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Is it grammatically correct to report a rumour using the conditional ('would be', 'would have') to express the simple present ('is', 'has')?

Supposing that the story is not a confirmed fact regarding a royal family's new carriage:

According to press report, the royal family has a new carriage.

To avoid possible accusations of getting the facts wrong, could we reword the sentence above as follows?

According to press report, the royal family would have a new carriage.

Would that be grammatically correct?

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4 Answers 4

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You need to analyse "conditionals" in three different moods.

  • Optative: Expressing a wish, where the fulfillment is possible. The optative is a polite form of speech.

  • Speculative: Expressing a hypothetical situation implying that the fulfillment is possible.

  • Subjunctive impossibility: Expressing a hypothetical situation where the fulfillment is impossible.

These conditionals are often confused by the non-native speaker with the past and past perfect tenses.

Let us look at various examples by comparing with the assertive/non-conditional statement.

  • Present Assertive (of a future action):

    I will have a beer. I will drink beer, when you place it on the table.

  • Present Optative (using the past tense):

    I would like to have a beer. I would drink beer if you placed it on the table.

  • Infinite Assertive:

    She drinks beer. She drinks beer that you place on the table.

  • Infinite Speculative:

    She might have beer. She might drink beer that you placed on the table.

  • Past Assertive:

    She had a beer. She drank the beer, after he placed it on the table

  • Past Speculative (using the past perfect):

    She could have had a beer. She would certainly have drunk it, if he had placed it on the table.

  • Infinite Assertive:

    Stars are little twinkling diamonds in the sky. I wonder how they twinkle.

  • Infinite Subjunctive/impossibility:

    If stars were little twinkling diamonds in the sky, I would wonder how they twinkled.

  • Past Subjunctive/impossibility:

    If stars had been little twinkling diamonds in the sky, I would have wondered how they would have twinkled.

  • Past Speculative:

    Stars could have been little twinkling diamonds in the sky. Our ancestors might have wondered how they had twinkled.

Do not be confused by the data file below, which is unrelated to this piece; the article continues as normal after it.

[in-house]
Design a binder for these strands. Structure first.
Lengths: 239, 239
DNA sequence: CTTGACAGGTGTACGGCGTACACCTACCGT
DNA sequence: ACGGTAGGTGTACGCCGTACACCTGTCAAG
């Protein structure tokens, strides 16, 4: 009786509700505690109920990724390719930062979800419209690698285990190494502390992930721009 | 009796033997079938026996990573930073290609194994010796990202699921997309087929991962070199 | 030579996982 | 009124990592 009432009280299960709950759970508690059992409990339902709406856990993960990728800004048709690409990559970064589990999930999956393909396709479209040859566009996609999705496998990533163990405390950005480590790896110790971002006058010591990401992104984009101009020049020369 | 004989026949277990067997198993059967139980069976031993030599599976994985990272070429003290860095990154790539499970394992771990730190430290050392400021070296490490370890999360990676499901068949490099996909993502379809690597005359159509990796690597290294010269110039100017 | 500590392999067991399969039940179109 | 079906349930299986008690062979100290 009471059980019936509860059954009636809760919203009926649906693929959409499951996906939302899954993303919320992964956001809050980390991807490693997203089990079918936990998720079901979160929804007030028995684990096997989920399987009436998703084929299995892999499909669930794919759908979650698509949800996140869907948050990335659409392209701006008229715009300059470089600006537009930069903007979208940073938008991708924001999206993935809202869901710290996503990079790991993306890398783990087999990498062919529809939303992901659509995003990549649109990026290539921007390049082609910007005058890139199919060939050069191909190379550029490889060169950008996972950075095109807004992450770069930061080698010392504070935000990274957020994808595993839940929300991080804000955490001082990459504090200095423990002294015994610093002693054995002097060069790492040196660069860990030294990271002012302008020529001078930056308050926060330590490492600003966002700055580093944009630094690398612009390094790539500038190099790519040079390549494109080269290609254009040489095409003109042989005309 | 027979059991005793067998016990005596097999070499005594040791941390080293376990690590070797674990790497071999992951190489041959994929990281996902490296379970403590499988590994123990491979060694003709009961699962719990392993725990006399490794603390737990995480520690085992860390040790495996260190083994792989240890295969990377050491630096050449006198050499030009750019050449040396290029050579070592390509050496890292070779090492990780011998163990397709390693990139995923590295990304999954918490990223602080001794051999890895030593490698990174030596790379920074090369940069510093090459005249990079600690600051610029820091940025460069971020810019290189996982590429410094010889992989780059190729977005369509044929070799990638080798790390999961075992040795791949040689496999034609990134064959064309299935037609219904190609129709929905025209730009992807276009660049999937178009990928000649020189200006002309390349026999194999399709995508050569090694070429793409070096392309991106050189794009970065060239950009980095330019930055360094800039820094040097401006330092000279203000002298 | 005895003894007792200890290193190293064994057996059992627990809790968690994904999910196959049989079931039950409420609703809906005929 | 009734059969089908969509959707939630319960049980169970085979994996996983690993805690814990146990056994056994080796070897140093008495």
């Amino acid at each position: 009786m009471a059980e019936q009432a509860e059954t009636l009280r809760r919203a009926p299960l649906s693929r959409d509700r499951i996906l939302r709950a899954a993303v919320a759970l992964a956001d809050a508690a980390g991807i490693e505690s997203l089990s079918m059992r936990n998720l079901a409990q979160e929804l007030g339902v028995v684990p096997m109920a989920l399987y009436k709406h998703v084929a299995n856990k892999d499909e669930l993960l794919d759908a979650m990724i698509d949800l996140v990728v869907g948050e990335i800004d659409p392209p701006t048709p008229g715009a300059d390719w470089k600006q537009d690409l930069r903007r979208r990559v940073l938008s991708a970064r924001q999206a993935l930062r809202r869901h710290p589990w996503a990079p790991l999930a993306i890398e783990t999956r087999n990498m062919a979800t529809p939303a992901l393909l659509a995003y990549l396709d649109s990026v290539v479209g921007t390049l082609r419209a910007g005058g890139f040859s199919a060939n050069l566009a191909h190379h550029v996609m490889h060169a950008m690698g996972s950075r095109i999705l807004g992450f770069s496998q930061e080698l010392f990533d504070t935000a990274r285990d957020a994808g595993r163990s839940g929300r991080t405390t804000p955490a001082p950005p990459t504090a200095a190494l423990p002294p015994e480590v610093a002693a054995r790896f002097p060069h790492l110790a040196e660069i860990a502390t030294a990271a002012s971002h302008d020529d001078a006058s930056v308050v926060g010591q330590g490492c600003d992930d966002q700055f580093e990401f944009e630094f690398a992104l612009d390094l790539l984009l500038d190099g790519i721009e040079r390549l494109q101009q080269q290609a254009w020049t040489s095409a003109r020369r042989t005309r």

To answer your question: With the above illustrations, you should see that there are subtle differences between the various moods and the difference between "might", "could" and "would".

The press often masquerades speculation as asserted facts. By saying the following, the writer is asserting it as a fact.

According to press report, the royal family has a new baby.

To honestly express a speculation, you would write

According to press report, the royal family might have a new baby.

To express the same speculation in more respectful terms

According to press report, the royal family could be having a new baby

Do not confuse with the optative where the royals are deciding whether to have a new carriage, but have not decided to have one.

According to press report, the royal family would have a new carriage.

Do not confuse with the past perfect retrospective

According to press report, the royal family would have had a new carriage.

Do not confuse with the permissive optative, where the royals are given the permission to have a new carriage.

According to press report, the royal family could have a new carriage.

Difference between "have/had" and "have/had had"

People are often confused when to use "have had". It is actually the confusion in the differing use of of have. The application of "have" in your sentence reveals that confusion. Therefore, it would not express your intention accurately.

According to press report, the royal family would have a new carriage.

"Have" here is not the auxiliary tense verb "have". In your sentence "have" is replaceable by "get".

According to press report, the royal family would get a new carriage.

The following illustrates the meaning of the second "have", where the first "have" is the usual auxiliary tense verb:

I had had breakfast = I had eaten breakfast.

I had had a baby = I had given birth to a baby.

I had had brandy = I had drunk brandy.

We had had wars = we had fought wars.

In conclusion

Therefore, my advice is,

According to press report, the royal family could have had/acquired a new carriage.

To speculate "more assertively", you may write,

According to press report, the royal family should have acquired a new carriage.